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December 15, 2009 7:29 pm
Energy prices will have to rise if companies are to make the investments needed to cut carbon dioxide emissions, the head of the world’s largest wind power company has said.
Ignacio Galán, the chief executive of Iberdrola , the number one generator of wind power in Europe, and number two in the US, through its subsidiary Iberdrola Renovables, said consumers should “pay more [but] consume less”.
He also said the Spanish energy utility hoped for about another $470m in stimulus funding for renewable energy projects in the US next year, having received $600m this year, making it the single biggest recipient.
Iberdrola suffered a 23 per cent fall in net profits for the first half of the year, in part as a result of restrictions on the retail price of energy such as Spain’s social tariffs, which cover two-thirds of the population. In the UK, where Iberdrola is one of the largest suppliers thanks to its 2007 acquisition of Scottish Power, there has also been strong pressure on prices from regulators and politicians.
Speaking on the fringes of the Copenhagen climate change talks, intended to agree a new global framework for curbing carbon dioxide emissions, he said the industry had to make huge investments to deliver the changes that politicians wanted.
These changes include the development of low-carbon generation such as wind and nuclear power, and equipment to raise energy efficiency such as “smart” grids and meters, he said.
“Those things cost money. What is the price of energy needed? The one that will transform the energy mix in the country.” He cited the estimated need for £200bn ($324bn) of investment in the UK’s energy infrastructure as an example. “Unless the companies expect a proper return, no bank is going to invest, and the country is going to have a problem.”
He argued that energy bills were still a very small proportion of household costs. “We are now in discussion in Spain about the prices for next year, and we are talking about one euro per month per family. What is that?” he said. “In the UK it is the same thing as well: what is an increase of 3 per cent? It is a pound per month per family!”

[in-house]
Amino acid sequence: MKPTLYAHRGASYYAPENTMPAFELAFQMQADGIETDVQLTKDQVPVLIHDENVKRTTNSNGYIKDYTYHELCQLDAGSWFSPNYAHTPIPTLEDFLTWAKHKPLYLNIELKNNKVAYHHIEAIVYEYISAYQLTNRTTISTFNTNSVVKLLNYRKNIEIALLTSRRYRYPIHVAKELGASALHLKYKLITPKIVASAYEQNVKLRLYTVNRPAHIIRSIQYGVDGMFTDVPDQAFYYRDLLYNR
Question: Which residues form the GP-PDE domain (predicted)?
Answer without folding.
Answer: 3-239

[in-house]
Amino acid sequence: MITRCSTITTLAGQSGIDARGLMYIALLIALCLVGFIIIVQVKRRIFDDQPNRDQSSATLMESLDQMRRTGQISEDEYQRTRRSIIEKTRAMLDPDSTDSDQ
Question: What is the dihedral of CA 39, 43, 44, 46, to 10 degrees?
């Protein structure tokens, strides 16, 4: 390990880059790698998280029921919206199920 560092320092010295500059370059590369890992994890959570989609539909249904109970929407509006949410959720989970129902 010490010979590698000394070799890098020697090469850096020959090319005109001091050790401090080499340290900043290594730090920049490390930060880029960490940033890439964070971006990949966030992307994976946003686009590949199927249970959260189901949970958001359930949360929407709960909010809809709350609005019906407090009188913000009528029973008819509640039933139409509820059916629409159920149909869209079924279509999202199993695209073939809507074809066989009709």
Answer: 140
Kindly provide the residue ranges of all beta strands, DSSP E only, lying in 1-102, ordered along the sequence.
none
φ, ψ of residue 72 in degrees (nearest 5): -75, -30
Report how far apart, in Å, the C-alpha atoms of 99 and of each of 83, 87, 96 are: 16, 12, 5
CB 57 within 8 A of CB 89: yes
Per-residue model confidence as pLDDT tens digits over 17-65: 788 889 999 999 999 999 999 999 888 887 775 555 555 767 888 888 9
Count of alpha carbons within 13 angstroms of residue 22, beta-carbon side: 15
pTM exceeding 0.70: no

Iberdrola plans capital spending of about €4.5bn-€5bn next year, in line with this year’s level, although well down from last year’s €6.7bn. “This year the main target for us was to keep an A rating, and to maintain the rating we have been very strict in maintaining our ratios for cash flow to debt, ebitda [earnings before interest, tax, depreciation and amortisation] to debt and so on.”
However, Mr Galán says Iberdrola has prioritised investment in renewables, and the slowdown has hit construction of traditional fossil fuel power plants.
Spending on wind farms is continuing at a rate of about €3bn-€4bn per year, and Iberdrola is planning to sustain that into the next decade.
“Our vision of this crisis is that we are trying to do the best to maintain our financial solidity in the middle of this storm,” he said. If the company can emerge from the crisis with its gearing below 50 per cent, ebitda growing at 3-6 per cent per year, and net profit at about the same level of about €2.8bn per year, and to keep its dividend level, “we will be very happy and very satisfied,” he added.
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